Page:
26 Feb
Take This Job and Shove It?

Today we welcome with open-arms our fabulous guest-poster Lisa from Smacksy. If you haven’t read Smacksy before, get there as fast as you can. Lisa is a charming, funny, down-to-earth writer who regularly regales her readers with what it’s like to live with a preschooler named Bob who doesn’t like to wear pants. We’re honored to have you, Lisa!

Dear Mouthy Housewives,

I am really angry because a slacker colleague got a bigger raise than I did.   I found out about it because she assumed that we got the same amount and told me. I am now very upset, and my morale is at an all-time low. Do I say something to my boss or suck it up?


Raise A Stink?


Dearest R.A. Stink,

Deep in the job history that is not represented on my resume, I was employed as a food server, or as we referred to it in the olden days, a “waitress.” One busy lunch shift, I confided in another waitress, Pammy, that our manager, Felix had been subtly hitting on me. Never anything blatant enough to call him on, but Felix stood too close, he would brush up against me, and had a skeezy overall vibe. This outraged Pammy. I soon found out that Pammy and Felix had actually been seeing each other on the down low for a few months. Once I knew that she knew and he knew that I knew that she knew and he knew the whole deal was awkward for all involved.

My first point is if your slacker co-worker is a pleasant horse-faced gal named Pammy, she may very well be sleeping with your boss. My second and sharper point is that you never really know what goes on behind the scenes in the workplace or why people make the money they do. Your lazy cubicle roommate may have an MBA that you don’t, or job experience that you don’t, or better salary-negotiating skills than you do. It doesn’t really matter.

You’re going to have to nut up. Bringing the discrepancy up to your boss will only brand you as a bitter whiner and out your lazy colleague as a big mouth. The gift in all this is that when it comes time for your next review, you will have inside knowledge that puts you in a better position to ask for the “going rate” for your position.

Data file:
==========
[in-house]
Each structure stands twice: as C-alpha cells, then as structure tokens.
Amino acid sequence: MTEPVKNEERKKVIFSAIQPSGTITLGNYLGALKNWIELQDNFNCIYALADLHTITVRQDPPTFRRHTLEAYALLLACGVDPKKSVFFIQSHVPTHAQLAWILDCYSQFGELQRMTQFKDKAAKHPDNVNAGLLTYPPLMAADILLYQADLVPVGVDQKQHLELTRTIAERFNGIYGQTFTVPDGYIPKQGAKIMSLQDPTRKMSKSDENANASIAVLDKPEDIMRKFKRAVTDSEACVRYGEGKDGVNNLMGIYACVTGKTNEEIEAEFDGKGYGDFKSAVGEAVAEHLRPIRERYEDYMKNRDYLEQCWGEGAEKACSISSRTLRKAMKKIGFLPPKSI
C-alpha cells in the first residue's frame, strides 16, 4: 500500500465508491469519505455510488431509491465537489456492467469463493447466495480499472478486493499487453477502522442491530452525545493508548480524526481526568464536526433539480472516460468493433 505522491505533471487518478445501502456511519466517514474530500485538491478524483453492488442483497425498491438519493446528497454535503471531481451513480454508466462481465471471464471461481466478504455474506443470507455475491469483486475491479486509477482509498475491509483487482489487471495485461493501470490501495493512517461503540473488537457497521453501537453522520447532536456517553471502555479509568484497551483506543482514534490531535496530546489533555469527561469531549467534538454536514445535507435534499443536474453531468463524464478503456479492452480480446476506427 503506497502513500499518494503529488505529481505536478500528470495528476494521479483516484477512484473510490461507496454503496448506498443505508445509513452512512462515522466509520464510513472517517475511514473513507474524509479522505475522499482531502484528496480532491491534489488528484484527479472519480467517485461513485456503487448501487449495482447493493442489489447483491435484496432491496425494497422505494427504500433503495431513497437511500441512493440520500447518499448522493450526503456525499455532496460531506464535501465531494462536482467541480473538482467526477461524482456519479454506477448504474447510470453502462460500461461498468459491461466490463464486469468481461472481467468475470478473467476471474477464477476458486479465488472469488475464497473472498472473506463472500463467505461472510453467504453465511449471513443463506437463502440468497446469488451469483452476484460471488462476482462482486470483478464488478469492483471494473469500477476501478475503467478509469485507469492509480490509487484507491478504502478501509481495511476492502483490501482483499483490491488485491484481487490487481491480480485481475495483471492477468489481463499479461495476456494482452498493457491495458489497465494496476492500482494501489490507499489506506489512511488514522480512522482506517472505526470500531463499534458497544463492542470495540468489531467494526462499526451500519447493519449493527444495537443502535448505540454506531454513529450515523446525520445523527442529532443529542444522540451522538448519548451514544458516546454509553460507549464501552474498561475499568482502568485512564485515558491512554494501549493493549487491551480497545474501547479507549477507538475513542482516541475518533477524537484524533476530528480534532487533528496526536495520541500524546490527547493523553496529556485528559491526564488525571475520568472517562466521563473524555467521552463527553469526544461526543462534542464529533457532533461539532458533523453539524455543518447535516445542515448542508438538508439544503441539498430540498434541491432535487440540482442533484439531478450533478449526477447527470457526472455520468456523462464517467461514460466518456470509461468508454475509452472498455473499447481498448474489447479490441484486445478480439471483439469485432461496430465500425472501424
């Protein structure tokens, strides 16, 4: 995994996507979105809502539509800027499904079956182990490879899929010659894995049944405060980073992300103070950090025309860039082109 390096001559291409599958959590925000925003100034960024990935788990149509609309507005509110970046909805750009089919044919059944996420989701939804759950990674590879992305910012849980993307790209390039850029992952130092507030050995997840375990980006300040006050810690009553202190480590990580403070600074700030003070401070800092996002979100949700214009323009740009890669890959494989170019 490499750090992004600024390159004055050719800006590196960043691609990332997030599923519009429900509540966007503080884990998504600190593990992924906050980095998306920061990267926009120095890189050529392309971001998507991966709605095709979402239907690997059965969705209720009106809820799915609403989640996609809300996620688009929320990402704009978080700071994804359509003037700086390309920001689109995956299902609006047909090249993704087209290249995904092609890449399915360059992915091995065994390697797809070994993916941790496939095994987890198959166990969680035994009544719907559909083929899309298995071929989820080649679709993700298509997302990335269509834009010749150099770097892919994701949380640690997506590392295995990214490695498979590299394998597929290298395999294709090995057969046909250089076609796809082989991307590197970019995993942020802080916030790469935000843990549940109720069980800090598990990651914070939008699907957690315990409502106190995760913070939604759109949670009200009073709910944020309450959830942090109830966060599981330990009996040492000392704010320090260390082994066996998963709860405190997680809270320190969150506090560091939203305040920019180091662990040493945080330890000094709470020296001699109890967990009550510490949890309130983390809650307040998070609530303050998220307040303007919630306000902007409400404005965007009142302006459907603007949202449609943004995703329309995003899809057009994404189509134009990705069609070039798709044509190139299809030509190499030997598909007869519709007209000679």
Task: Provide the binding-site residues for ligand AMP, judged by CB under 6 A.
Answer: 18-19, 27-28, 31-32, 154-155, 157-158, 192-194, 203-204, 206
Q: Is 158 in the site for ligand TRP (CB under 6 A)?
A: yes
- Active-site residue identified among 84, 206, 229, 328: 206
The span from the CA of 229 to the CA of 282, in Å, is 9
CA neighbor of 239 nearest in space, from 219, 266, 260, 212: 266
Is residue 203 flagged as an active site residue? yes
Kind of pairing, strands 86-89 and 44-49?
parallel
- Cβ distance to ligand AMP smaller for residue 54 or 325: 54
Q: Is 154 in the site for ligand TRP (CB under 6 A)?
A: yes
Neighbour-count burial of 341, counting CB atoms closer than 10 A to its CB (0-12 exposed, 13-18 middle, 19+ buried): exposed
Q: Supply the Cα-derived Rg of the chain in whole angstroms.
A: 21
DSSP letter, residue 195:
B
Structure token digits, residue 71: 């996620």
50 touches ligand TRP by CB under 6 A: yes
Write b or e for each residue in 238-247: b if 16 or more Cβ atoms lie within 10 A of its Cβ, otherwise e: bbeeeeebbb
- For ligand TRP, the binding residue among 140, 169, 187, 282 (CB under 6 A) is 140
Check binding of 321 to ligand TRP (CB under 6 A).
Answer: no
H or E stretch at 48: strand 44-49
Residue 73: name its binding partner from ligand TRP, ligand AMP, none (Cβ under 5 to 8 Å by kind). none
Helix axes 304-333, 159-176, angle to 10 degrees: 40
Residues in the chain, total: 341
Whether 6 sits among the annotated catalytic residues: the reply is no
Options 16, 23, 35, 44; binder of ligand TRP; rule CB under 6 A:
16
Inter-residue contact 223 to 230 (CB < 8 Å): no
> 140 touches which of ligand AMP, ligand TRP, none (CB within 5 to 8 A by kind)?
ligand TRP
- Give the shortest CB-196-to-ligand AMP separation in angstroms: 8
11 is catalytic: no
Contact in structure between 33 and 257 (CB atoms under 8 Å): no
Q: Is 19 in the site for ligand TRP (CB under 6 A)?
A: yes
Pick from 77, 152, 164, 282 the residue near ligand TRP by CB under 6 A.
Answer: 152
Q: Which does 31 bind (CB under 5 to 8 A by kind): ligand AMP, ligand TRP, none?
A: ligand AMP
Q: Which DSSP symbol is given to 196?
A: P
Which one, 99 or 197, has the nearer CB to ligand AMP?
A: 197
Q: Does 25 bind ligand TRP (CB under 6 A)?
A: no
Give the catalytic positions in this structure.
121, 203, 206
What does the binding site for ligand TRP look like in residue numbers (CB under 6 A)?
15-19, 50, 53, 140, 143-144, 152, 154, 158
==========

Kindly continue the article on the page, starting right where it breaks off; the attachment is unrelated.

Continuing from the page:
Be cool to the blabber-mouthed slacker. She unwittingly did you a favor… and the way things are going, she could be your new supervisor.


Lisa, Guest TMH

12 Responses to “Take This Job and Shove It?”


Comment by the mama bird diaries.

She could start sleeping with her boss. No, no, that would be wrong. Your advice is much more “high road.”


Comment by Ann.

My first point is if your slacker co-worker is a pleasant horse-faced gal named Pammy, she may very well be sleeping with your boss


(oh, and Kelcey that was classic)


Comment by Marinka, TMH.

Is horse-face supposed to be pejorative or something?


Comment by Lynn.

I bet she’s sleeping with the boss.


Comment by Wendi.

“Slacker colleague,” in my experience, is always code for “guy who buys pot for the boss.”

Excellent advice, Lisa!


Comment by Maddnessofme.

EXCELLENT advice!!! Excellent excellent excellent. Probably the best advice I have ever seen on this topic. Good job!

Lisa Rae @ smacksy Reply:

Wow thanks!
Mom? Is that you?


Comment by marathonmom.

bologna on the windows and some plastic forks in the yard work good too, but probably considered the “frontage road”.


Comment by Heather.

Great advice! And if you don’t mind, I’m going to use the phrase “you’re going to have to nut up.” Raising two boys (three if you count the husband), it could come in handy and take on many different meanings.


Comment by Daphne East.

Perfectly perfect advice. Will you come negotiate my next raise?


Comment by Karen.

Excellent advice! You make it seem so easy. I went the other route once. As the whiney ass comments were coming out of my mouth I wanted to run. The slacker coworker would have been my boss if I had still had a job there. (Ick shiver) Awkward.


Comment by DG at Diaryofamadbathroom.

It is very true that you never really know what is going on behind the scenes. “Nut up” indeed.

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